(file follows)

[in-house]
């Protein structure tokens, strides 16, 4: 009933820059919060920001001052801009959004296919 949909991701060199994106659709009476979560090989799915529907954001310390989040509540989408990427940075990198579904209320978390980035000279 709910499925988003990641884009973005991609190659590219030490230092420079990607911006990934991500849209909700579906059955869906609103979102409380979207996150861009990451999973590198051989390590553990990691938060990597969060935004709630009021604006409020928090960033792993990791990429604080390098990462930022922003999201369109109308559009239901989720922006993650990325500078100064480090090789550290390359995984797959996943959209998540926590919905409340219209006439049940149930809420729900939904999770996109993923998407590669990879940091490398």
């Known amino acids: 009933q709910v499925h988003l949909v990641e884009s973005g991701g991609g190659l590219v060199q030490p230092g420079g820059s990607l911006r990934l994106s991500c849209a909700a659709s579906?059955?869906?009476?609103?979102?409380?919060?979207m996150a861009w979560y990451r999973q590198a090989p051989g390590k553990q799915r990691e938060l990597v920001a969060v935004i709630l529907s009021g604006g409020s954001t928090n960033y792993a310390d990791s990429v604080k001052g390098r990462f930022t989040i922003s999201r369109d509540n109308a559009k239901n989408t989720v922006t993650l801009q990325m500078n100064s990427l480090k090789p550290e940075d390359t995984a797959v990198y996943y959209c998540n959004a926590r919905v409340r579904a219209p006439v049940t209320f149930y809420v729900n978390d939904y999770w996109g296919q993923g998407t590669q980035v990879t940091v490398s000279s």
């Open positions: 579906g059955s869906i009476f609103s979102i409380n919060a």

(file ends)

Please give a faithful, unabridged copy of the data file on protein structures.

[in-house]
């Protein structure tokens, strides 16, 4: 009933820059919060920001001052801009959004296919 949909991701060199994106659709009476979560090989799915529907954001310390989040509540989408990427940075990198579904209320978390980035000279 709910499925988003990641884009973005991609190659590219030490230092420079990607911006990934991500849209909700579906059955869906609103979102409380979207996150861009990451999973590198051989390590553990990691938060990597969060935004709630009021604006409020928090960033792993990791990429604080390098990462930022922003999201369109109308559009239901989720922006993650990325500078100064480090090789550290390359995984797959996943959209998540926590919905409340219209006439049940149930809420729900939904999770996109993923998407590669990879940091490398």
């Known amino acids: 009933q709910v499925h988003l949909v990641e884009s973005g991701g991609g190659l590219v060199q030490p230092g420079g820059s990607l911006r990934l994106s991500c849209a909700a659709s579906?059955?869906?009476?609103?979102?409380?919060?979207m996150a861009w979560y990451r999973q590198a090989p051989g390590k553990q799915r990691e938060l990597v920001a969060v935004i709630l529907s009021g604006g409020s954001t928090n960033y792993a310390d990791s990429v604080k001052g390098r990462f930022t989040i922003s999201r369109d509540n109308a559009k239901n989408t989720v922006t993650l801009q990325m500078n100064s990427l480090k090789p550290e940075d390359t995984a797959v990198y996943y959209c998540n959004a926590r919905v409340r579904a219209p006439v049940t209320f149930y809420v729900n978390d939904y999770w996109g296919q993923g998407t590669q980035v990879t940091v490398s000279s």
């Open positions: 579906g059955s869906i009476f609103s979102i409380n919060a």